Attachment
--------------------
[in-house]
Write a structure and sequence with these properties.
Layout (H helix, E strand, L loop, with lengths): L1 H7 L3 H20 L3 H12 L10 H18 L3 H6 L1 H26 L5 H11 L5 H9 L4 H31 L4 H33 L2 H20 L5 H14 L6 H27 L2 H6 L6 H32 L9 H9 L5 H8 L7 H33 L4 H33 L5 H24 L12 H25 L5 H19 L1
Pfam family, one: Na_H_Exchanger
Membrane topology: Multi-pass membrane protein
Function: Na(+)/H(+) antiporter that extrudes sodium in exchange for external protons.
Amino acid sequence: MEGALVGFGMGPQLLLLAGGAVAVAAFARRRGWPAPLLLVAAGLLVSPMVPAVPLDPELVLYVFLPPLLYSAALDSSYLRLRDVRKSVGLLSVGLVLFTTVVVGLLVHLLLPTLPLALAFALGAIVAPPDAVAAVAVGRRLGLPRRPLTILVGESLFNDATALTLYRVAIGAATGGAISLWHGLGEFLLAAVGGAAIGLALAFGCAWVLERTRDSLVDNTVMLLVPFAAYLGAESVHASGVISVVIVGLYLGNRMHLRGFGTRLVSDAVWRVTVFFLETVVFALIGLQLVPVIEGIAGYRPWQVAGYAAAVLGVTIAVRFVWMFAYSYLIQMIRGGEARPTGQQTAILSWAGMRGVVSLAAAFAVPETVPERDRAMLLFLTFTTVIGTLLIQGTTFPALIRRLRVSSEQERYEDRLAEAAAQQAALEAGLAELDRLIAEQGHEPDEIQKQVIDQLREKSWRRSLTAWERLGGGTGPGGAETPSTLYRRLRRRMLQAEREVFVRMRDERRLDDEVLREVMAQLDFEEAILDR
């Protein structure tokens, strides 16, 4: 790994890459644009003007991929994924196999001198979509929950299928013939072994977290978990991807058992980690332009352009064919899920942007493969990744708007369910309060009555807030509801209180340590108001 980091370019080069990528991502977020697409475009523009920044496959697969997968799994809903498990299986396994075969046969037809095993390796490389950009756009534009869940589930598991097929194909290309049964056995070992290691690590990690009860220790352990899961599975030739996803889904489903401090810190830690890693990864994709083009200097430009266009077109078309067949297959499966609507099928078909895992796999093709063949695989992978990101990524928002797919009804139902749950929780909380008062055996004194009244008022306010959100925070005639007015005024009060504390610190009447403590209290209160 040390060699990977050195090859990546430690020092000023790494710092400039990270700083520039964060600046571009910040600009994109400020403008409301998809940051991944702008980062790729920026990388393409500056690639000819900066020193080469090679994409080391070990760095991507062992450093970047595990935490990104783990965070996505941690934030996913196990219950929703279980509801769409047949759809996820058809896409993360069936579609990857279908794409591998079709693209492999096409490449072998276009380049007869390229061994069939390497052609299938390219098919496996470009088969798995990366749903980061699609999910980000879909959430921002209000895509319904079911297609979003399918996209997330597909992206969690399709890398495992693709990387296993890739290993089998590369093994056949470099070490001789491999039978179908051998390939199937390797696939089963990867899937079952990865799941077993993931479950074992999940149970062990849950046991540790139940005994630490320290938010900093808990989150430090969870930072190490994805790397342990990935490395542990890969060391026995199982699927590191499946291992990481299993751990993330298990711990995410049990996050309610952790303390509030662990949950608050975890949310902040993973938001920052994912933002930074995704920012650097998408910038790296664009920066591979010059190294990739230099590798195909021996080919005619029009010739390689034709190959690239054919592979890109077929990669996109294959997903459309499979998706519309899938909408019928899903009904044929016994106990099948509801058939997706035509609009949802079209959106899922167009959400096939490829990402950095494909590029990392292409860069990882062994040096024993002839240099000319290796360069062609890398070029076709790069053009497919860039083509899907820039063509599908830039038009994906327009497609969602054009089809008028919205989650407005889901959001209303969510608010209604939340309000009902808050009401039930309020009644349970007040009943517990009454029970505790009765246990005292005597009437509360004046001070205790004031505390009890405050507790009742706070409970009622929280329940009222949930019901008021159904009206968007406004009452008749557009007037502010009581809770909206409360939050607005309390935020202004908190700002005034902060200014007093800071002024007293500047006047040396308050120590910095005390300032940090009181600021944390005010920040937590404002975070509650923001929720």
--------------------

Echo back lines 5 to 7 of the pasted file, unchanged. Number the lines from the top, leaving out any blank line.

Membrane topology: Multi-pass membrane protein
Function: Na(+)/H(+) antiporter that extrudes sodium in exchange for external protons.
Amino acid sequence: MEGALVGFGMGPQLLLLAGGAVAVAAFARRRGWPAPLLLVAAGLLVSPMVPAVPLDPELVLYVFLPPLLYSAALDSSYLRLRDVRKSVGLLSVGLVLFTTVVVGLLVHLLLPTLPLALAFALGAIVAPPDAVAAVAVGRRLGLPRRPLTILVGESLFNDATALTLYRVAIGAATGGAISLWHGLGEFLLAAVGGAAIGLALAFGCAWVLERTRDSLVDNTVMLLVPFAAYLGAESVHASGVISVVIVGLYLGNRMHLRGFGTRLVSDAVWRVTVFFLETVVFALIGLQLVPVIEGIAGYRPWQVAGYAAAVLGVTIAVRFVWMFAYSYLIQMIRGGEARPTGQQTAILSWAGMRGVVSLAAAFAVPETVPERDRAMLLFLTFTTVIGTLLIQGTTFPALIRRLRVSSEQERYEDRLAEAAAQQAALEAGLAELDRLIAEQGHEPDEIQKQVIDQLREKSWRRSLTAWERLGGGTGPGGAETPSTLYRRLRRRMLQAEREVFVRMRDERRLDDEVLREVMAQLDFEEAILDR